Councilman James Gennaro and local elected officials joined community leaders to host the New York City Council’s Diwali Festival at Queens College’s Lefrak Concert Hall on Saturday, Nov. 13.
The celebration, which is usually held every year at City Hall, was canceled last year due to COVID-19.
This year’s sold-out event was organized by Gennaro, who represents the 24th Council District, and District Leader Neeta Jain.
“I was thrilled to host this weekend’s Diwali event at Queens College. Diwali is a time to celebrate the triumph of light over darkness, knowledge over ignorance, and good over evil. It is a beautiful tradition, and I am honored to have played a role in bringing the festival to Queens this year,” Gennaro said.
Diwali — known as the festival of lights — is one of the major festivals celebrated by Hindus, Jains, Sikhs and even some Buddhists. Each religion has its own historical narrative behind the holiday. Diwali is widely observed among more than a billion people from a variety of faiths across India and its diaspora.
The five days of Diwali are marked by prayer, feasts, fireworks, family gatherings and charitable giving.
Deputy Consul General of India Dr. Varun Jeph, who was in attendance at the festival on Saturday, said Diwali truly reflects the American and Indian values of celebrating diversity and of embracing different cultures.
“New York is no stranger to Diwali and its symbolic relevance. It is very heartening to see the festival of lights being celebrated here with great joy and fervor — not only by the South-Asian community, but also by members of diverse ethnicities and nationalities, just like the Indian-American community celebrates Christmas and other festivals passionately and with great merriments,” Jeph said. “May the festival of lights bring joy, love, peace, prosperity and good health to everyone.”
The celebration at Queens College included a peace prayer by Dr. Krishna Pratap Dixit; a lamp lightning ceremony; and a Ganesh vandana prayer by the members of the Hindu Temple Society of North America. Performances included a Bollywood medley performed by Anadita Guha; Sarva Devatha Anjali performed by the Mukthambar Fine Arts Team; Nagade Sang Dhol Baje performed by Dr. Sumita Guha; and Masala Bhangra performed by Sarina Jain and her team.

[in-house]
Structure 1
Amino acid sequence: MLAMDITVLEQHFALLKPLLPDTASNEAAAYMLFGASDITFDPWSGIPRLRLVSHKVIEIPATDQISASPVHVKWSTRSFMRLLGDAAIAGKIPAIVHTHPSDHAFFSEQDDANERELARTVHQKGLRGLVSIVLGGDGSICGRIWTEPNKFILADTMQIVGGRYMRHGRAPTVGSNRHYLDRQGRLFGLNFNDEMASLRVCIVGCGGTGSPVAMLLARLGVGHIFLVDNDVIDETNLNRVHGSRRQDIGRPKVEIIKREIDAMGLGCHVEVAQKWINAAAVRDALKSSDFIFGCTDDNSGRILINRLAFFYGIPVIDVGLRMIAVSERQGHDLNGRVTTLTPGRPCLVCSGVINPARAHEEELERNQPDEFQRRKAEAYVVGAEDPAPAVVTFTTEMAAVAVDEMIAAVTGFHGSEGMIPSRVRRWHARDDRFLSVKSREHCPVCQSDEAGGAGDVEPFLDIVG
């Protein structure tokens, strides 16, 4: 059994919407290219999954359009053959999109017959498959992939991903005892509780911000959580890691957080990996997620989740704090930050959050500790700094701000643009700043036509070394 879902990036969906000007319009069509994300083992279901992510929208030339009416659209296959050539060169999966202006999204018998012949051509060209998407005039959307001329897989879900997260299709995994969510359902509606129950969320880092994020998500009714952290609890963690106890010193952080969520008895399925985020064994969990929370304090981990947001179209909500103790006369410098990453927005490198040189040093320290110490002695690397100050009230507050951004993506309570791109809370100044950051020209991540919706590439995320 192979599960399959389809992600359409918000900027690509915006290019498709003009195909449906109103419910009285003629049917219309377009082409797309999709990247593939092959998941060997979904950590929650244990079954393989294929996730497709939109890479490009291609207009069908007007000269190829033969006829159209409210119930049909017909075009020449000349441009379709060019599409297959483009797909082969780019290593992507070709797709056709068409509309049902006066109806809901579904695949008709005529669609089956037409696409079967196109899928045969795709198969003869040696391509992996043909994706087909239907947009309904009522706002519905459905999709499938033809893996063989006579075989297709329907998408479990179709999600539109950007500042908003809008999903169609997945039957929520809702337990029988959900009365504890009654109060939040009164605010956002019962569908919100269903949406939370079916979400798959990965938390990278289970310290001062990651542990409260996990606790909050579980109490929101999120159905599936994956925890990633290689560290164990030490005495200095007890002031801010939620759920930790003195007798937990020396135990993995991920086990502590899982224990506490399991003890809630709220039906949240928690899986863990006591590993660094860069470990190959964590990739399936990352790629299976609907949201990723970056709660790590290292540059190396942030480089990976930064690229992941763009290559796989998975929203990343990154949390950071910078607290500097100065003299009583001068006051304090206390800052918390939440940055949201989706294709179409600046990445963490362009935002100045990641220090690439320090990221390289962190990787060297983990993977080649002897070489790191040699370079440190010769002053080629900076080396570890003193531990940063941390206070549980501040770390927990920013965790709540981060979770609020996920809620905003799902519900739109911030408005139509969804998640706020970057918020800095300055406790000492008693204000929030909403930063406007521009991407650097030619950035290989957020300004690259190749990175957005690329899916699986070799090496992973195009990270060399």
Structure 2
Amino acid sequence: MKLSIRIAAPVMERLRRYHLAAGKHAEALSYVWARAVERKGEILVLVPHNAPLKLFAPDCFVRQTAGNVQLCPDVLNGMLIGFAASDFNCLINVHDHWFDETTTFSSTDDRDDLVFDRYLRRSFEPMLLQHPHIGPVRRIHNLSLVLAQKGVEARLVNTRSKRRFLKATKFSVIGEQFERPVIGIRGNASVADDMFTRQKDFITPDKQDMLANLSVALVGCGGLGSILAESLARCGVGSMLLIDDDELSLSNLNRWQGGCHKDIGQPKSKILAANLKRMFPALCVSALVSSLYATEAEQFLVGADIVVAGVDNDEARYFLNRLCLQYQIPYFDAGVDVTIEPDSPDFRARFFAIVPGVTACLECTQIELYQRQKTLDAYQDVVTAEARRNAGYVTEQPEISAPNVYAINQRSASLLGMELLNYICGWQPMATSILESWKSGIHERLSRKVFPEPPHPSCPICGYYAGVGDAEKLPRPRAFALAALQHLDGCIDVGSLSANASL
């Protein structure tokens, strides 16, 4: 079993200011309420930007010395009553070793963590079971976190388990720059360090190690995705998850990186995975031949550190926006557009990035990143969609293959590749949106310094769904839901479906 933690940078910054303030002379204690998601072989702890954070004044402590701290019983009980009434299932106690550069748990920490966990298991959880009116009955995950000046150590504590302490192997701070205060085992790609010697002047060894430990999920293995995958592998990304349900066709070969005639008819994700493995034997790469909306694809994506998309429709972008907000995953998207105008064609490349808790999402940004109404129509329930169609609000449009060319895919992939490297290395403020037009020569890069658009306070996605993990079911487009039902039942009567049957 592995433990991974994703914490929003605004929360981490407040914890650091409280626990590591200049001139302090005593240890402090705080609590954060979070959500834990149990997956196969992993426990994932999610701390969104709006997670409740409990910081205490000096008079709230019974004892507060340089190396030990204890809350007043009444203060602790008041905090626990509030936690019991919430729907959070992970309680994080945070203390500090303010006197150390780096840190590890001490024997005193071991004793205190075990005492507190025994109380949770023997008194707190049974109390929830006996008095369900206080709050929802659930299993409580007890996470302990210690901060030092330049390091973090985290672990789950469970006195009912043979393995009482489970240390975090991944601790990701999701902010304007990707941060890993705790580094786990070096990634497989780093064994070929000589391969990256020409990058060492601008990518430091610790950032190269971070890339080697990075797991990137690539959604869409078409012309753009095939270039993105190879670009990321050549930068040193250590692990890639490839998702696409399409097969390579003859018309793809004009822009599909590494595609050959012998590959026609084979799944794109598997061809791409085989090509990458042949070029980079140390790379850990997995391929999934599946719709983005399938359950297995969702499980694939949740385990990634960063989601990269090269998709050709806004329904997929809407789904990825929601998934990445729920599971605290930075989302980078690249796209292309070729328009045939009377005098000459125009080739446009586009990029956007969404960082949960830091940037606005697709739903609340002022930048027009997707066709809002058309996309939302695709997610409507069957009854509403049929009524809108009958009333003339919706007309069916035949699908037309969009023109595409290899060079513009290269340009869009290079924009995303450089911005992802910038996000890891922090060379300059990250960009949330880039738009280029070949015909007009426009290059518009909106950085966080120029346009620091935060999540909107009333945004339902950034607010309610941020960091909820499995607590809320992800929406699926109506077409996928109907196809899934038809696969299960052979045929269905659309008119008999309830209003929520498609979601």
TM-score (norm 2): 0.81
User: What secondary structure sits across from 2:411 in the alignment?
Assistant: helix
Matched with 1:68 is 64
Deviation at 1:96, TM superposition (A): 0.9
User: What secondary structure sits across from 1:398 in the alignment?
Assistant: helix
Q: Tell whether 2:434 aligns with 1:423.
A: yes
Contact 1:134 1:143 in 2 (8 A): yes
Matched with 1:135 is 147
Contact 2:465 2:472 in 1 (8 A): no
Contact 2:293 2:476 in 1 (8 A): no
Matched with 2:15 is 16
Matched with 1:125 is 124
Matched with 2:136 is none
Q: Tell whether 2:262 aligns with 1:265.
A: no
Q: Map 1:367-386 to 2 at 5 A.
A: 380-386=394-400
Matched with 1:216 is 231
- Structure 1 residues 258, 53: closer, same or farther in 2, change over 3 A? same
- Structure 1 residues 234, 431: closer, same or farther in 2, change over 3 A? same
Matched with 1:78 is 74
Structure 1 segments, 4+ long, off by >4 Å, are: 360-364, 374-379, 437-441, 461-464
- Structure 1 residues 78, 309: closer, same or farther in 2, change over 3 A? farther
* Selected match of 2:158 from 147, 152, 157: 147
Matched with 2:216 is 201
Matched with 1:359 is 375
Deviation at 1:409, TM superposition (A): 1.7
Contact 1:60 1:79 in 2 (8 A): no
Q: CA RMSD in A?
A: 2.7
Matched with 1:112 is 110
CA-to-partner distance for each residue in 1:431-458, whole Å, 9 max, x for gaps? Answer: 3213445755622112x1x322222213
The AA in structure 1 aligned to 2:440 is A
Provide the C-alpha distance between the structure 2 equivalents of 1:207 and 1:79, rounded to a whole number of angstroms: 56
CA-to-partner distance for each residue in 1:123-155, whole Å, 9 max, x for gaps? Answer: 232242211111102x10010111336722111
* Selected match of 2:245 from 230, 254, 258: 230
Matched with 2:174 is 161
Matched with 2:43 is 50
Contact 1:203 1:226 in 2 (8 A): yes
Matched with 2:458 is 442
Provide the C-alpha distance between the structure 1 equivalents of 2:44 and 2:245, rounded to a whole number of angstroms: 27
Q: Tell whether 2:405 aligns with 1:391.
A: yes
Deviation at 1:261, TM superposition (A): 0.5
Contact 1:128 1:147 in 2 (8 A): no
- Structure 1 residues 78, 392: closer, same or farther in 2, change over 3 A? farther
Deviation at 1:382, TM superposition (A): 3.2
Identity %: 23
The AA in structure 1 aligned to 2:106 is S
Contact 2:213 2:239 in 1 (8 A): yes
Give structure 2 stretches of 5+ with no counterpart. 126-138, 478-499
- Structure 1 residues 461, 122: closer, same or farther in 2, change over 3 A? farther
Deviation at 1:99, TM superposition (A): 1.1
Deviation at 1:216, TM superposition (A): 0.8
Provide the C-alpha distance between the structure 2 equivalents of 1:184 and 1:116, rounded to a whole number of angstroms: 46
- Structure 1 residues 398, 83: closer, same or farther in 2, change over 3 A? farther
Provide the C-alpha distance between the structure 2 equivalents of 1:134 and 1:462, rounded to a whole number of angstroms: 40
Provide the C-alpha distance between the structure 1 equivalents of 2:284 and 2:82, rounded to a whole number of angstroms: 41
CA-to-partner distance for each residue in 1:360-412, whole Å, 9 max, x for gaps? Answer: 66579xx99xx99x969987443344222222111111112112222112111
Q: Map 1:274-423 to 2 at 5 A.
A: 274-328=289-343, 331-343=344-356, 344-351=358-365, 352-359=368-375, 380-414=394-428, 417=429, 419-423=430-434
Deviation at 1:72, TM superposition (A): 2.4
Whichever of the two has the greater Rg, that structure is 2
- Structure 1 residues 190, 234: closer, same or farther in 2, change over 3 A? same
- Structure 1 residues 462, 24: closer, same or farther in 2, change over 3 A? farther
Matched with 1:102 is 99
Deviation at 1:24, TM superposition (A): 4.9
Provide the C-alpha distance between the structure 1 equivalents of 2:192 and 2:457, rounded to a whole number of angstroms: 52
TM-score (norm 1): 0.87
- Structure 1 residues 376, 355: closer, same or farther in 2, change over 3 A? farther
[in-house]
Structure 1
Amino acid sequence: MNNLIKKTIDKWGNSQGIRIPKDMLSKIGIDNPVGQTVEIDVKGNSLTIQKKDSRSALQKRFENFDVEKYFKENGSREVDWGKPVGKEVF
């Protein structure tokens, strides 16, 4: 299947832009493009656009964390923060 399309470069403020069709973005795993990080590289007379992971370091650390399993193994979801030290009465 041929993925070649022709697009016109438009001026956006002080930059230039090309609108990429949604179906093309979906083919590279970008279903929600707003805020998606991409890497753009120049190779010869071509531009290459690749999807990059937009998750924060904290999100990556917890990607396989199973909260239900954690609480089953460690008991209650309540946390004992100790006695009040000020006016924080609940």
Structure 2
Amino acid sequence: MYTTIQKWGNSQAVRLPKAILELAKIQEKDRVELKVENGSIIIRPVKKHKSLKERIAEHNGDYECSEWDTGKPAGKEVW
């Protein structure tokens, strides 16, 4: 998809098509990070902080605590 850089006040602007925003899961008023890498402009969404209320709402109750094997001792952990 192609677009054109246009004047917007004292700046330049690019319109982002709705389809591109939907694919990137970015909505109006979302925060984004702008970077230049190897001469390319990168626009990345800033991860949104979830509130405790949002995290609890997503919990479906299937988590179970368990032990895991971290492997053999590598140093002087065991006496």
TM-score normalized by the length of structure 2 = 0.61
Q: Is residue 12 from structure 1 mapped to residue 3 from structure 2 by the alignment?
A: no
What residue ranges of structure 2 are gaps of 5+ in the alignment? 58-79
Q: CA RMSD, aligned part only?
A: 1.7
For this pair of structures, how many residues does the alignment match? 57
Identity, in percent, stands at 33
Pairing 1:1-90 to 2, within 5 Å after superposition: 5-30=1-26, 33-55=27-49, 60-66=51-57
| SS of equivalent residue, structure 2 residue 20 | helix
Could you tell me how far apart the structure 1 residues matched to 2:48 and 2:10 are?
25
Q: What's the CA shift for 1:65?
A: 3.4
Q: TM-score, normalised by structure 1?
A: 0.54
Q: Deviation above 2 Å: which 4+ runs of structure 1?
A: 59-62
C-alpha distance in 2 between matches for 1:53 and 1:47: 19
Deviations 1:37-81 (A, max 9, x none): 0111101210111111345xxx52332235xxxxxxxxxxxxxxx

Jain says she is looking forward to celebrating Diwali again at City Hall next year with more joy of having it as a New York City public school holiday.
“May the lamps (Diya) of Diwali (Deepavali) illuminate everyone’s life with happiness, peace and good health. Wish you and your family a very prosperous Diwali and a happy new year!” Jain said. “On this Diwali, let’s make a promise to bring lights into people’s lives who suffered during this pandemic, and also pray to god for good health and fortune for everyone.”
Other Queens elected officials, including City Council members Barry Grodenchik, Peter Koo and Assemblyman David Weprin, attended the event.
It was an honor for Grodenchik to once again co-sponsor the City Council’s Diwali event and to join his friends and neighbors for a beautiful celebration in Queens, he said.
“I cannot think of a better start to the holiday season,” Grodenchik said.
Koo, who was also a co-sponsor of this year’s event, wished everyone a blessed, healthy and prosperous holiday.
“Diwali is a festival of new beginnings and of light and hope,” Koo said. “May hope and light guide us all this Diwali and this holiday season!”
It was a pleasure for Weprin to celebrate Diwali at Queens College, he said.
“The festivities honored community advocates who have devoted their time, energy, and resources to improve the lives of countless NYC residents,” Weprin said. “Diwali is a holiday celebrating the victory of light over darkness. After another difficult year in the pandemic, it was comforting to gather in-person and take part in a ceremony acclaiming the ultimate triumph of good over evil.”